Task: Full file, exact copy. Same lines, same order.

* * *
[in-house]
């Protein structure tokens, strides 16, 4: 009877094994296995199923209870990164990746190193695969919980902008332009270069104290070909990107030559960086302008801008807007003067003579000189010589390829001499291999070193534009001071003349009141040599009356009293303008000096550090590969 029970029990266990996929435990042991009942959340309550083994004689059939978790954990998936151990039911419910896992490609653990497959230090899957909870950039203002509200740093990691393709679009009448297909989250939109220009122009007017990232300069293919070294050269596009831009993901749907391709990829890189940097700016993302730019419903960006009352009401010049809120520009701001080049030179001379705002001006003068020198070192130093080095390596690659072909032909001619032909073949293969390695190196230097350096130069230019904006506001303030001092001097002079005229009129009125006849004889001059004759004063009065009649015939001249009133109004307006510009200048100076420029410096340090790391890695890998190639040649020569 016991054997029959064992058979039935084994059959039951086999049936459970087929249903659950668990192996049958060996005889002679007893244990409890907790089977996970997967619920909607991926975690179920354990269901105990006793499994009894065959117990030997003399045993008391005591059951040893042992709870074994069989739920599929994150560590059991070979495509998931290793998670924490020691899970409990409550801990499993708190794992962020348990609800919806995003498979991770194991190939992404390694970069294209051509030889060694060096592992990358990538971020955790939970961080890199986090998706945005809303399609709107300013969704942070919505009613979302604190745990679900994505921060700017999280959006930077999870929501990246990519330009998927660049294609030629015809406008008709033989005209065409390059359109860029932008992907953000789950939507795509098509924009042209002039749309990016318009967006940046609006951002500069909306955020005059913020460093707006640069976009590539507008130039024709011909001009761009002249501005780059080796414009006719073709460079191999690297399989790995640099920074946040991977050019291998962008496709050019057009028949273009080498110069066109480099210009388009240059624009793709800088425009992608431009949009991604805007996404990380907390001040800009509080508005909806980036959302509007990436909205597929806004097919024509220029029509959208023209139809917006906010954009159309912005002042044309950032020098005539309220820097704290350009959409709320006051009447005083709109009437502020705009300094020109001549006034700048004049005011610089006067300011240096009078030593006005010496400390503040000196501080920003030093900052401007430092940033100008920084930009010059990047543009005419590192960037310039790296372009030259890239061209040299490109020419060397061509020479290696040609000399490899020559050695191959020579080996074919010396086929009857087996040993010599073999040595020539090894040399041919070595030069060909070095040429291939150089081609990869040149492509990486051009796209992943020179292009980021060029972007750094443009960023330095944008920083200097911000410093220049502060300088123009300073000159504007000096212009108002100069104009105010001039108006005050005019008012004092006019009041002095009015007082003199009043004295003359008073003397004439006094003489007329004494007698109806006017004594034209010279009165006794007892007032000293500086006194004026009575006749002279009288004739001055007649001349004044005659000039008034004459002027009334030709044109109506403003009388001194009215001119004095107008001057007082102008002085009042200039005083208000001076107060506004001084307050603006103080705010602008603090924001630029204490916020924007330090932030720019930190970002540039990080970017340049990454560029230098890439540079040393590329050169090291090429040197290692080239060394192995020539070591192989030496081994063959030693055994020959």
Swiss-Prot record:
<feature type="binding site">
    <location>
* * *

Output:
[in-house]
């Protein structure tokens, strides 16, 4: 009877094994296995199923209870990164990746190193695969919980902008332009270069104290070909990107030559960086302008801008807007003067003579000189010589390829001499291999070193534009001071003349009141040599009356009293303008000096550090590969 029970029990266990996929435990042991009942959340309550083994004689059939978790954990998936151990039911419910896992490609653990497959230090899957909870950039203002509200740093990691393709679009009448297909989250939109220009122009007017990232300069293919070294050269596009831009993901749907391709990829890189940097700016993302730019419903960006009352009401010049809120520009701001080049030179001379705002001006003068020198070192130093080095390596690659072909032909001619032909073949293969390695190196230097350096130069230019904006506001303030001092001097002079005229009129009125006849004889001059004759004063009065009649015939001249009133109004307006510009200048100076420029410096340090790391890695890998190639040649020569 016991054997029959064992058979039935084994059959039951086999049936459970087929249903659950668990192996049958060996005889002679007893244990409890907790089977996970997967619920909607991926975690179920354990269901105990006793499994009894065959117990030997003399045993008391005591059951040893042992709870074994069989739920599929994150560590059991070979495509998931290793998670924490020691899970409990409550801990499993708190794992962020348990609800919806995003498979991770194991190939992404390694970069294209051509030889060694060096592992990358990538971020955790939970961080890199986090998706945005809303399609709107300013969704942070919505009613979302604190745990679900994505921060700017999280959006930077999870929501990246990519330009998927660049294609030629015809406008008709033989005209065409390059359109860029932008992907953000789950939507795509098509924009042209002039749309990016318009967006940046609006951002500069909306955020005059913020460093707006640069976009590539507008130039024709011909001009761009002249501005780059080796414009006719073709460079191999690297399989790995640099920074946040991977050019291998962008496709050019057009028949273009080498110069066109480099210009388009240059624009793709800088425009992608431009949009991604805007996404990380907390001040800009509080508005909806980036959302509007990436909205597929806004097919024509220029029509959208023209139809917006906010954009159309912005002042044309950032020098005539309220820097704290350009959409709320006051009447005083709109009437502020705009300094020109001549006034700048004049005011610089006067300011240096009078030593006005010496400390503040000196501080920003030093900052401007430092940033100008920084930009010059990047543009005419590192960037310039790296372009030259890239061209040299490109020419060397061509020479290696040609000399490899020559050695191959020579080996074919010396086929009857087996040993010599073999040595020539090894040399041919070595030069060909070095040429291939150089081609990869040149492509990486051009796209992943020179292009980021060029972007750094443009960023330095944008920083200097911000410093220049502060300088123009300073000159504007000096212009108002100069104009105010001039108006005050005019008012004092006019009041002095009015007082003199009043004295003359008073003397004439006094003489007329004494007698109806006017004594034209010279009165006794007892007032000293500086006194004026009575006749002279009288004739001055007649001349004044005659000039008034004459002027009334030709044109109506403003009388001194009215001119004095107008001057007082102008002085009042200039005083208000001076107060506004001084307050603006103080705010602008603090924001630029204490916020924007330090932030720019930190970002540039990080970017340049990454560029230098890439540079040393590329050169090291090429040197290692080239060394192995020539070591192989030496081994063959030693055994020959």
Swiss-Prot record:
<feature type="binding site">
    <location>